Brain Injury Effects On Neuronal Activation And Synaptic Transmission In The Basolateral Amygdala Of Adult Male And Female Wistar Rats

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Journal of Neurotrauma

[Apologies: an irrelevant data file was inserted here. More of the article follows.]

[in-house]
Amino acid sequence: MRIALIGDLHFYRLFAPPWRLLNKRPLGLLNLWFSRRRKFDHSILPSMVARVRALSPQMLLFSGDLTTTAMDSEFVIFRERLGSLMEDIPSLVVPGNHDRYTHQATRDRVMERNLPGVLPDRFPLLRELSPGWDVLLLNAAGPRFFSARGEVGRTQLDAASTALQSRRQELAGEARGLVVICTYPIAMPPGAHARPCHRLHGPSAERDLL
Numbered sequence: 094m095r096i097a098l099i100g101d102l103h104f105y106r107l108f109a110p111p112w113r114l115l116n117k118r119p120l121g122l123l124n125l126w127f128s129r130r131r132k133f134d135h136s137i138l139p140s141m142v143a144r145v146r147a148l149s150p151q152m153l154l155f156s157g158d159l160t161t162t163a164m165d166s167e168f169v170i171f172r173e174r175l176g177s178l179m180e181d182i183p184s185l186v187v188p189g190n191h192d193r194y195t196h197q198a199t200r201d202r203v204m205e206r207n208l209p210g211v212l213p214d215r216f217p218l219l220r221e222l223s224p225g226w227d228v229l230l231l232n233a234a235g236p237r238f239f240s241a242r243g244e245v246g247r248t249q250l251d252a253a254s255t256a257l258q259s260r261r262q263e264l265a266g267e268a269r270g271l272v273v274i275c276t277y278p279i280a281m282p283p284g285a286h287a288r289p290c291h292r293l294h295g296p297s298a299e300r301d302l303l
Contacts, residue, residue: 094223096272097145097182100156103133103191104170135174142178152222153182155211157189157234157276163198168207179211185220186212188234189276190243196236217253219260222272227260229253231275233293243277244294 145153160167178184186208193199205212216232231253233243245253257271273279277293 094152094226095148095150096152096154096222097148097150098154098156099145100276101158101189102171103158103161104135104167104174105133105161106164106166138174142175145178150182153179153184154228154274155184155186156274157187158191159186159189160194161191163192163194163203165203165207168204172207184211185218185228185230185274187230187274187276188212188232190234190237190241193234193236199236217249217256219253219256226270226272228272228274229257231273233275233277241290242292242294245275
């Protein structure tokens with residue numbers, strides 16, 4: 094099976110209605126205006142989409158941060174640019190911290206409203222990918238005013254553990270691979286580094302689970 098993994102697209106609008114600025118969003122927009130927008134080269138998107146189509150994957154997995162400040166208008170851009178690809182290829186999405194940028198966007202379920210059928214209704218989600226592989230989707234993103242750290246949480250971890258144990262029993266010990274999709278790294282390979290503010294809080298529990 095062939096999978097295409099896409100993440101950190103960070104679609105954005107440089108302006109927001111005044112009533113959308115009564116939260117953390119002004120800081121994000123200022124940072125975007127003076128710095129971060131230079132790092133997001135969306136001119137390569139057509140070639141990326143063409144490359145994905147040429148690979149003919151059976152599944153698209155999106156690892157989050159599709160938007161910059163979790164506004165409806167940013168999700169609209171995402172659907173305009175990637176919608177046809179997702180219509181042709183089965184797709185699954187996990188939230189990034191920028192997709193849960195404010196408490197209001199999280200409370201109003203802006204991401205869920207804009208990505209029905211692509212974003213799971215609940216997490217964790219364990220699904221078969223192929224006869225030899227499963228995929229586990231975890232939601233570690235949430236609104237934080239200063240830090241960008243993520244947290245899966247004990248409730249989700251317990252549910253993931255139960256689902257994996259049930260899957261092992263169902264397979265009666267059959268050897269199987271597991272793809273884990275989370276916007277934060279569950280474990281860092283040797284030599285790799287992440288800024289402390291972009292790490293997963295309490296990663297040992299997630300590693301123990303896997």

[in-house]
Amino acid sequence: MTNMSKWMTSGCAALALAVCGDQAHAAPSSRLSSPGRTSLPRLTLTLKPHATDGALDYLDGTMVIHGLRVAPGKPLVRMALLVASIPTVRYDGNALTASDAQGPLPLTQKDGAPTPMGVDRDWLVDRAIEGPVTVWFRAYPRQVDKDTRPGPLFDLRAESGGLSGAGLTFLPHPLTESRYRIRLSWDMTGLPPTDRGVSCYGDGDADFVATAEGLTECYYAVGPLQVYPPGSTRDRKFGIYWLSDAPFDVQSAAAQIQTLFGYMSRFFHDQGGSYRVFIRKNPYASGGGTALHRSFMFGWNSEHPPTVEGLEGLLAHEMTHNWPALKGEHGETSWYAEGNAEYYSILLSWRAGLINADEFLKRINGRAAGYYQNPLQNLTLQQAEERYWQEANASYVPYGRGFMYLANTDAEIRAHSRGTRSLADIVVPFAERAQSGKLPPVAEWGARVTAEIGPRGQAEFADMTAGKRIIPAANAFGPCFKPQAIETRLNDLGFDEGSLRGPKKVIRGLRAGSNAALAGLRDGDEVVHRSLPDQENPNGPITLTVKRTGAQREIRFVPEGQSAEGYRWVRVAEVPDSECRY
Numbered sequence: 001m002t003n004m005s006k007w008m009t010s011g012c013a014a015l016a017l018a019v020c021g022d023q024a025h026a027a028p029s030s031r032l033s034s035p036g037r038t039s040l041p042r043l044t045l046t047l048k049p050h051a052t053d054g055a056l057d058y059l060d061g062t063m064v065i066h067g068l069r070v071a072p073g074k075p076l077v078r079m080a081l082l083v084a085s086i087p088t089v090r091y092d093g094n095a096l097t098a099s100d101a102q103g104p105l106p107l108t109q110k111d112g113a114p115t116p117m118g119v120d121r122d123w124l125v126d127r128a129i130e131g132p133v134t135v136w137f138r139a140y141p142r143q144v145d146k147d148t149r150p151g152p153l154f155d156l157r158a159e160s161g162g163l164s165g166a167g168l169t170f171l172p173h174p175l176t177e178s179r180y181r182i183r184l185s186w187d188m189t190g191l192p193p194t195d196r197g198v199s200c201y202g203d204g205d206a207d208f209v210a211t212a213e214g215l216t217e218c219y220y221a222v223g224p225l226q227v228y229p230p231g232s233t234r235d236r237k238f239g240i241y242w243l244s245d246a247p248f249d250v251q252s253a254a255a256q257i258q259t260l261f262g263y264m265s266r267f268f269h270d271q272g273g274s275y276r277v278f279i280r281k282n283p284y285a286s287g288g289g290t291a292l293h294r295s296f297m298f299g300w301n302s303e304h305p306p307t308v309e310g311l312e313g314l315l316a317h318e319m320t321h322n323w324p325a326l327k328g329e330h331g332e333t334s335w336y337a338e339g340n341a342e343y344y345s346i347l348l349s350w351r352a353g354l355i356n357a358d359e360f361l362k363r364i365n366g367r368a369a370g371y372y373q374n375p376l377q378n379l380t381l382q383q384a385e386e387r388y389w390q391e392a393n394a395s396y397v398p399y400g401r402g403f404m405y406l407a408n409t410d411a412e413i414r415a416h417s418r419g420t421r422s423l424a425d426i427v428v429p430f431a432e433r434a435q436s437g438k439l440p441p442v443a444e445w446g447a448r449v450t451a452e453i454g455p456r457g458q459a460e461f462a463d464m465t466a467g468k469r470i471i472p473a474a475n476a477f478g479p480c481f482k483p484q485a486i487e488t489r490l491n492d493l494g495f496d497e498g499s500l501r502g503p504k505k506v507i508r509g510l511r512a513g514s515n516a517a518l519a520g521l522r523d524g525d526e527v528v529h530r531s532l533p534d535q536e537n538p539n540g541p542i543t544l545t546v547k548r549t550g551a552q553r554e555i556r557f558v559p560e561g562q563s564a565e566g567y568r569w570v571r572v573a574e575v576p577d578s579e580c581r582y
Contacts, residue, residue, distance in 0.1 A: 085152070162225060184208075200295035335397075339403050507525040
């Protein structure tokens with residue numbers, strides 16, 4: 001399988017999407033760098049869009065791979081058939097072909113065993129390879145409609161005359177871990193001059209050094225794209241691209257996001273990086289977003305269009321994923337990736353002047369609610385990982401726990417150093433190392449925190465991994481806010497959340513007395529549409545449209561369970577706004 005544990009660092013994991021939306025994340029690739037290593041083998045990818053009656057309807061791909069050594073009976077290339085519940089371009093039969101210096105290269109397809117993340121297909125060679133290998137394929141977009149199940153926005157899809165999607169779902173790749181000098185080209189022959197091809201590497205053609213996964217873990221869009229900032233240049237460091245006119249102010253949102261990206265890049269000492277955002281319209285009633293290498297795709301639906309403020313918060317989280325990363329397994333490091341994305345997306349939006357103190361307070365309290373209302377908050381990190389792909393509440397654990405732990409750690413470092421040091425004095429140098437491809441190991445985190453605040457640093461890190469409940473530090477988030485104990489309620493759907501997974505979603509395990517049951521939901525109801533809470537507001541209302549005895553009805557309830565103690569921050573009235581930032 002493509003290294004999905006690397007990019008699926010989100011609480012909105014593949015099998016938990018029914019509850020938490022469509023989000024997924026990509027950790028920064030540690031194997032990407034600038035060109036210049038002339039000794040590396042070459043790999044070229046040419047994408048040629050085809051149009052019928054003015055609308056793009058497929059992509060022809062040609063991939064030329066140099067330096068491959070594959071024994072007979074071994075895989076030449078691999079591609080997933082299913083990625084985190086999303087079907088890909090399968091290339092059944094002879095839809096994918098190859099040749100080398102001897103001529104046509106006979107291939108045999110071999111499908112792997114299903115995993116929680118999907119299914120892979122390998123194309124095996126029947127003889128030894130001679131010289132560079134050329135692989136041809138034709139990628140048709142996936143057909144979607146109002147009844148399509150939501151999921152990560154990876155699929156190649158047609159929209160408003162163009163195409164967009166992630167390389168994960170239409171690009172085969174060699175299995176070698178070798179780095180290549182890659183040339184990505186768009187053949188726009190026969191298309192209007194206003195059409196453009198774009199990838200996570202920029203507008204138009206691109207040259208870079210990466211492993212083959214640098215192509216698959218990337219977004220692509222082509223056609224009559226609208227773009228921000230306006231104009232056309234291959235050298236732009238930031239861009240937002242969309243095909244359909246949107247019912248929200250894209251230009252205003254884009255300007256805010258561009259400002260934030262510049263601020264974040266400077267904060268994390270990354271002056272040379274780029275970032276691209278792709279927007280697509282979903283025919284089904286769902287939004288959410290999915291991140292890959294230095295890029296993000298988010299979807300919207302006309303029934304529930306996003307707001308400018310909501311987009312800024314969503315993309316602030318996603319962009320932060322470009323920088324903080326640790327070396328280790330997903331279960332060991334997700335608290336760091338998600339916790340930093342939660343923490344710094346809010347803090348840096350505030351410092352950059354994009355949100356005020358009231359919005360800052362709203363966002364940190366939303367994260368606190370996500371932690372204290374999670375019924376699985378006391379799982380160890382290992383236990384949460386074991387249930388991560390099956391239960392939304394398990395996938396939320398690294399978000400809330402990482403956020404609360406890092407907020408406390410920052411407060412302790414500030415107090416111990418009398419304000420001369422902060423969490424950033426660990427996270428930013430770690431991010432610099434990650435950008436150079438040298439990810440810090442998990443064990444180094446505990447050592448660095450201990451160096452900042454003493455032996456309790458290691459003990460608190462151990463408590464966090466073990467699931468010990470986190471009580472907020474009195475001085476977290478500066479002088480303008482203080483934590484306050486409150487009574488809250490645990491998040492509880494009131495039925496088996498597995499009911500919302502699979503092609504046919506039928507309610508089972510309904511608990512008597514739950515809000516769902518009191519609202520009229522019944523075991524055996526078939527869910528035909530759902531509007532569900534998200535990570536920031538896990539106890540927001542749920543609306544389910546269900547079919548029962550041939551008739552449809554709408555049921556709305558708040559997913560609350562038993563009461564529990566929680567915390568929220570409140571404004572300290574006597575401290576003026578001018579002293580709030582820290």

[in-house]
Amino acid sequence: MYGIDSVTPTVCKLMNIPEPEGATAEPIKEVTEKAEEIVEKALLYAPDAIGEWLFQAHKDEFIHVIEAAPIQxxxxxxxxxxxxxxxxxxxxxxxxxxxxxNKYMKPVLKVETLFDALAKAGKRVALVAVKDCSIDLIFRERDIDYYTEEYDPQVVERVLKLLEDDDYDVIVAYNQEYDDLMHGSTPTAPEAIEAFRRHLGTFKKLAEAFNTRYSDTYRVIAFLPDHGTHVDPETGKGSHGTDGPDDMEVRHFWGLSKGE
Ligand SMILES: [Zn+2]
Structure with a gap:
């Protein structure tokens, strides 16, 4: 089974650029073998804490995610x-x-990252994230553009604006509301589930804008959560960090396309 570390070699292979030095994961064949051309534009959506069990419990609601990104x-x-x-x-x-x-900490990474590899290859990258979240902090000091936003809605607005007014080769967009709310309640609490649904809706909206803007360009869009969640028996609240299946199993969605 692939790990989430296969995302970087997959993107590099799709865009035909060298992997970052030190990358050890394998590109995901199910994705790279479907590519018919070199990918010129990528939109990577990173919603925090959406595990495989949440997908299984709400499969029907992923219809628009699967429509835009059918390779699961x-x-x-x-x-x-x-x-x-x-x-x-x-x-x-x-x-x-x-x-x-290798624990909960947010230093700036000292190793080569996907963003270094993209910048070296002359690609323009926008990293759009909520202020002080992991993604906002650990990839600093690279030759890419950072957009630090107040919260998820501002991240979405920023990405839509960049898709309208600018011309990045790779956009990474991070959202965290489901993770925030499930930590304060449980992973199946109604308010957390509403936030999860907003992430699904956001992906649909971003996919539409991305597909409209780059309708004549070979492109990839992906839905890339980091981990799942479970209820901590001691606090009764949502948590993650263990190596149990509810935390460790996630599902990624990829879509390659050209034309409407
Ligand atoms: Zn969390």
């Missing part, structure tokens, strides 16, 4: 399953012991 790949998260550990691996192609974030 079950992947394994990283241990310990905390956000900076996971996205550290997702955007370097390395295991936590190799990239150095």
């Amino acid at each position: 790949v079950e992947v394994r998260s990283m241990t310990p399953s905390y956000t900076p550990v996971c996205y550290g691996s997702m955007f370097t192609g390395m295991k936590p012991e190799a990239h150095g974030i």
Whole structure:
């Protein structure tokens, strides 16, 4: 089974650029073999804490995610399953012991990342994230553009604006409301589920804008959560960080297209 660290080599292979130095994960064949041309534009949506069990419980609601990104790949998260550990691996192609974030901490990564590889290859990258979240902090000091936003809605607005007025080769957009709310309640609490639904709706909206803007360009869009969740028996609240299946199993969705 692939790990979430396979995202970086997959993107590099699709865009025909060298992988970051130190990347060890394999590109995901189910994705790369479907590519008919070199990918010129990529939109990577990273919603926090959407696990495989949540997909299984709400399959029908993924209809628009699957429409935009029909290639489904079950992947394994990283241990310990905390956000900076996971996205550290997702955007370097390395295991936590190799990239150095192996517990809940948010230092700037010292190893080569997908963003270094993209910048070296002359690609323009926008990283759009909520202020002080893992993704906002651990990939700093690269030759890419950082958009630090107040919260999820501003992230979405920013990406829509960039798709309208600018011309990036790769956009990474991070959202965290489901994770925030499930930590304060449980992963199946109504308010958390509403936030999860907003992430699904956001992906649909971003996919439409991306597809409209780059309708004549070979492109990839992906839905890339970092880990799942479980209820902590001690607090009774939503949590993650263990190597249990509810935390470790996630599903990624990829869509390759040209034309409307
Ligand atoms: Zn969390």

Traumatic brain injury (TBI) is defined as brain damage produced by an external mechanical force that leads to behavioral, cognitive, and psychiatric sequelae. The basolateral amygdala (BLA) is involved in emotional regulation, and its function and morphology are altered following TBI. Little is known about potential sex-specific effects of TBI on BLA neuronal function, but it is critical for the field to identify potential sex differences in TBI effects on brain and behavior. Here, we hypothesized that TBI would produce sex-specific acute (1 h) effects on BLA neuronal activation, excitability, and synaptic transmission in adult male and female rats. Forty-nine Wistar rats (n = 23 males and 26 females) were randomized to TBI (using lateral fluid percussion) or Sham groups in two separate studies. Study 1 used in situ hybridization (i.e., RNAscope) to measure BLA expression of c-fos (a marker of cell activation), vGlut, and vGat (markers of glutamatergic and GABAergic neurons, respectively) messenger RNA (mRNA). Study 2 used slice electrophysiology to measure intrinsic excitability and excitatory/inhibitory synaptic transmission in putative pyramidal neurons in the BLA. Physiological measures of injury severity were collected from all animals. Our results show that females exhibit increased apnea duration and reduced respiratory rate post-TBI relative to males. In male and female rats, TBI increased c-fos expression in BLA glutamatergic cells but not in BLA GABAergic cells, and TBI increased firing rate in BLA pyramidal neurons. Further, TBI increased spontaneous excitatory and inhibitory postsynaptic current (sEPSC and sIPSC) amplitude in BLA neurons of females relative to all other groups. TBI increased sEPSC frequency in BLA neurons of females relative to males but did not alter sIPSC frequency. In summary, lateral fluid percussion produced different physiological responses in male and female rats, as well as sex-specific alterations in BLA neuronal activation, excitability, and synaptic transmission 1 h after injury.

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